In the eight days after the now infamous Ray Rice video surfaced, the U.S. National Domestic Violence Hotline received 8,500 calls. Yet most of the headlines and public discourse around the Ray Rice scandal and violence against women have focused instead on victim blaming, wondering aloud why Janay Rice went on to marry the man who had so brutally attacked her. Courageous women from around the world have taken to Twitter, using the #WhyIStayed hashtag to share extremely personal, painful stories of their own experiences with domestic abuse, using their words to silence the media and encourage other brave women facing violence to find their own voices, speak up, and make those calls. And just a few days ago, the White House launched their It"s On Us campaign, calling for men and women across the country to take a pledge to help stop sexual assault, with a specific focus on preventing assaults on college campuses.
While these high-profile examples come from the United States, violence against women is a global issue, and remains one of the most entrenched and horrific forms of gender inequality. The World Health Organization reports that 35 percent of women around the world have experienced physical and/or sexual intimate partner violence or non-partner sexual violence. Globally, as many as 38 percent of murders of women are committed by an intimate partner. And many women report that their first sexual experience was forced -- 17 percent in rural Tanzania, 24 percent in rural Peru, and 30 percent in rural Bangladesh.
The statistics are disheartening, but we can find hope in the rise of global conversations like #WhyIStayed and the It's On Us campaign. These platforms are empowering survivors, reaching new audiences, engaging new advocates, and building the global movement for gender equality.
Global Fund for Women's online project Imagining Equalityalso aims to be a platform for this movement, breaking the silence around violence by sharing the voices of survivors and activists who are speaking up and speaking out to bravely confront and advocate for freedom from gender-based violence in their homes, their communities, or their countries.
For too long, violence against women has been glamorized in popular media and normalized in many societies. In "Three Ways to Respond to a Rape Joke", activist and author Amy Logan shares her story of how she went from quietly, uncomfortably tolerating rape jokes as acceptable forms of humor to speaking out thoughtfully against them. In Logan's words we are shown that every time a woman speaks up against language that makes light of sexual violence, it makes a powerful impact, especially when it comes to our personal relationships.
And then there are forms of violence that are less insidious and that no society can justify, but that continue to occur on a daily basis -- such as horrific instances of sexual violence in conflict women and girls from Iraq to Syria are sharing, or the brutal gang rape and murder of a college student on a bus in Delhi, India in 2012, which sparked mass protests by thousands of people who took to the streets to express their outrage against such horrific acts of violence and the failure of authorities to protect women. This event was the impetus for the creation of Priya"s Shakti, a campaign and interactive "augmented reality" comic book that aims to allow survivors of gender-based violence to tell their stories and asks the public to stand with these brave women.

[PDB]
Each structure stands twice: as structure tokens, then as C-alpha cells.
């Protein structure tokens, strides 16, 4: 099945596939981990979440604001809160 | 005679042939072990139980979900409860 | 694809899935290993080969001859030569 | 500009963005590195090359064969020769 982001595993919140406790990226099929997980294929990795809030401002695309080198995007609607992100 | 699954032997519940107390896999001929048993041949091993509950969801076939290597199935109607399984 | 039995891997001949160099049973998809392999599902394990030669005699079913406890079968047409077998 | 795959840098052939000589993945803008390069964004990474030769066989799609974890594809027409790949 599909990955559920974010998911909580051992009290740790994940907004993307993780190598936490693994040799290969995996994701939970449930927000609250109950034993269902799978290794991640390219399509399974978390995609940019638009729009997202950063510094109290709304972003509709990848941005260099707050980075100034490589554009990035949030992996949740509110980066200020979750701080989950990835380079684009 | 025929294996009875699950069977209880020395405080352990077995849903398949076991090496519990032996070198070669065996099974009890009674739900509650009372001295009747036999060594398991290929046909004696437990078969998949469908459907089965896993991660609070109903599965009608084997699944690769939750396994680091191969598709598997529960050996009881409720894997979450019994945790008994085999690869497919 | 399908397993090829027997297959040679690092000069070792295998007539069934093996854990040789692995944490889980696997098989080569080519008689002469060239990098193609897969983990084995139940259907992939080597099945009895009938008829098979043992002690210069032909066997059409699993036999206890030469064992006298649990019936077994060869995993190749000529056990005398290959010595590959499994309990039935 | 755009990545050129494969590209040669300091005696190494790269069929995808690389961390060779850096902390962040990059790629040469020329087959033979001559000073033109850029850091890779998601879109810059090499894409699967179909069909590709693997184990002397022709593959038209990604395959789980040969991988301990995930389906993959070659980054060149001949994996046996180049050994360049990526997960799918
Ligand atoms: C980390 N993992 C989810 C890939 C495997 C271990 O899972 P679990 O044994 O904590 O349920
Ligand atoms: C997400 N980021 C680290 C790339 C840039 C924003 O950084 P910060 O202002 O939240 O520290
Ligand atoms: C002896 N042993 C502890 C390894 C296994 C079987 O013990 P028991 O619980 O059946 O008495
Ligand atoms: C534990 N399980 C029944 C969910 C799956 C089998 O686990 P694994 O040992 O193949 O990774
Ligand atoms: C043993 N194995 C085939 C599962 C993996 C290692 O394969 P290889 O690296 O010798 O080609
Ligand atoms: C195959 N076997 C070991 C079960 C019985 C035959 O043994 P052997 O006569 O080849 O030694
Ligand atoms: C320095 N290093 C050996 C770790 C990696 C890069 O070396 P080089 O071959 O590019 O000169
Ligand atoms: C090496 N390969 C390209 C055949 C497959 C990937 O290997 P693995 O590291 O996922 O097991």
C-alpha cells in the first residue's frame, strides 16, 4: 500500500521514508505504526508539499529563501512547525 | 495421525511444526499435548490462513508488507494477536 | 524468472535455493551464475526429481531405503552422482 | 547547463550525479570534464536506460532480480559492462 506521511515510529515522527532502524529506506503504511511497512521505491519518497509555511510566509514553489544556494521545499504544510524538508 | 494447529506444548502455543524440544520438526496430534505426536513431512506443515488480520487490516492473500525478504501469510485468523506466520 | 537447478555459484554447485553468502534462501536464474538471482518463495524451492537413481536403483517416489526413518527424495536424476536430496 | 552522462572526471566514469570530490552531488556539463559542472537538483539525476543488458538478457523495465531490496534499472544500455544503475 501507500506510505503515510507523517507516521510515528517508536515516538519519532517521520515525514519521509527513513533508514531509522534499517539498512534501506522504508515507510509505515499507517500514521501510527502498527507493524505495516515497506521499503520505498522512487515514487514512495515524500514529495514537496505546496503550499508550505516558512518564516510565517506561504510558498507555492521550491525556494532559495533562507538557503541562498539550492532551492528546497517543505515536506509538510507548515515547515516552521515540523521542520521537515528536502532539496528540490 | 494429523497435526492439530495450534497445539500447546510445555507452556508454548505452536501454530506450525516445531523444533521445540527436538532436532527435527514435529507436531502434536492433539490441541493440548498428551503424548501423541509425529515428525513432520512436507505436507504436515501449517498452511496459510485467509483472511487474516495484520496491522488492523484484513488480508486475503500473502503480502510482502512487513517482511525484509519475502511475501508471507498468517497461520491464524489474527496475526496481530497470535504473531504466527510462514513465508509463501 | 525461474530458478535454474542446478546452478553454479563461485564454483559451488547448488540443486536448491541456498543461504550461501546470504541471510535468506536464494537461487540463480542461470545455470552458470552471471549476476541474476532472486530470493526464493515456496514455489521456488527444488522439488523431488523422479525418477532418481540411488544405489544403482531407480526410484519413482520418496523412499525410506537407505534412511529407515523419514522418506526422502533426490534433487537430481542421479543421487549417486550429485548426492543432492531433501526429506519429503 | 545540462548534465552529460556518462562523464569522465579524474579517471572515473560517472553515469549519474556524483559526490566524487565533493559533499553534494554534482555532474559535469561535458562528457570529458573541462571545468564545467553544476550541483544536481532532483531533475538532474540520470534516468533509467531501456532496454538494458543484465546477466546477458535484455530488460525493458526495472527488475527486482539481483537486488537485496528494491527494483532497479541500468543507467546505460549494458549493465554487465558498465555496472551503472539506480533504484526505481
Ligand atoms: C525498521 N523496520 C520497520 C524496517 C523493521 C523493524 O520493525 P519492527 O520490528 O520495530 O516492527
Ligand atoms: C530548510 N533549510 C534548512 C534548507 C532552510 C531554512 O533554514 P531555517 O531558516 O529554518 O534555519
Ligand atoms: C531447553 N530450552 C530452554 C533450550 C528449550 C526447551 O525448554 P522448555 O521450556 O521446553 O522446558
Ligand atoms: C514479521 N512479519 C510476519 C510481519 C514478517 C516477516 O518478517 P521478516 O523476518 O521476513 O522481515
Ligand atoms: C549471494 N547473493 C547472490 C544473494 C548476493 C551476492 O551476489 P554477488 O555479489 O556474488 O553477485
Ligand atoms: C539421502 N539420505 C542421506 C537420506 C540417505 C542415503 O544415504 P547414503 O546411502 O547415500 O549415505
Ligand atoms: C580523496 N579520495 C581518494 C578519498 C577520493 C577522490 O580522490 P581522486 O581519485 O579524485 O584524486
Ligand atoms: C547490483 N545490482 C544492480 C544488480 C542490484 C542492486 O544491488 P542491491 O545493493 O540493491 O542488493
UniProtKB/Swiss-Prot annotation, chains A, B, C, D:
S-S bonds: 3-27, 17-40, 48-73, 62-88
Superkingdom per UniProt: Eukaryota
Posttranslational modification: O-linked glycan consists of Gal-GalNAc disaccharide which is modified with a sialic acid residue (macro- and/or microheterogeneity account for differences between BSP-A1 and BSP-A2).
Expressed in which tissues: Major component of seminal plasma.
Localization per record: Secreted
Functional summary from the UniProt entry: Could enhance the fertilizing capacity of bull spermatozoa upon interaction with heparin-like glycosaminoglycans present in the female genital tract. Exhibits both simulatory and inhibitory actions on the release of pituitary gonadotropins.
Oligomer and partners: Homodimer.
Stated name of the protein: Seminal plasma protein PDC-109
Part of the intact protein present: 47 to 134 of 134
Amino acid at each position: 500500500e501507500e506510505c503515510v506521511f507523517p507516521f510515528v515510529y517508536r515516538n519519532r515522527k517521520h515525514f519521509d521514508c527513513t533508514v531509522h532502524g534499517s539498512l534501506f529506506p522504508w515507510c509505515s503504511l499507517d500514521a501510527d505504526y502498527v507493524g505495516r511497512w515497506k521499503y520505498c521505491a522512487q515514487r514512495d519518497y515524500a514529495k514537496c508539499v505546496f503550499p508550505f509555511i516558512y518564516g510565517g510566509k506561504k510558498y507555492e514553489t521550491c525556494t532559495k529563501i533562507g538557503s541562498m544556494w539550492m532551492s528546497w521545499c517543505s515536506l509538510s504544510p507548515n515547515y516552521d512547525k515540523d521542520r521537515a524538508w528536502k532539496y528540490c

The International Gay and Lesbian Human Rights Commission, a Global Fund for Women partner, knows that the first step toward progress to end gender-based violence is to listen to and acknowledge the experiences of survivors. That's why, for the first time ever, they undertook an extensive effort to interview lesbian, bisexual, and transgender survivors of sexual violence in countries such as Pakistan, Japan, Sri Lanka, Malaysia, and the Philippines. They used these interviews to create a report that outlines the many ways LBT survivors of sexual violence are discriminated against and shut out of social services -- the first report of its kind.
The Global Fund for Women is honored to support this work and the work of many other of our grantee partners around the world that have influenced the passage of laws on violence against women in 25 countries and counting. With zero violence at the heart of Global Fund for Women's mission, we know that sustainable shifts in social and cultural norms around violence come from legislative action as well as advocacy, education, and awareness-raising in communities, nations, and regions.
As these brave women prove, raising your voice is a critical part of the global movement to end gender-based violence. We must build upon current momentum to reach new audiences around the world and inspire others to share their stories. Join the many bold survivors, leaders, and activists and raise your voice by creating your own "Equality Is" badge, or join the conversation on Twitter with the #EqualityIs hashtag. Together, let's shatter the silence around violence and continue to work toward the equal world we all desire -- the world that all women deserve.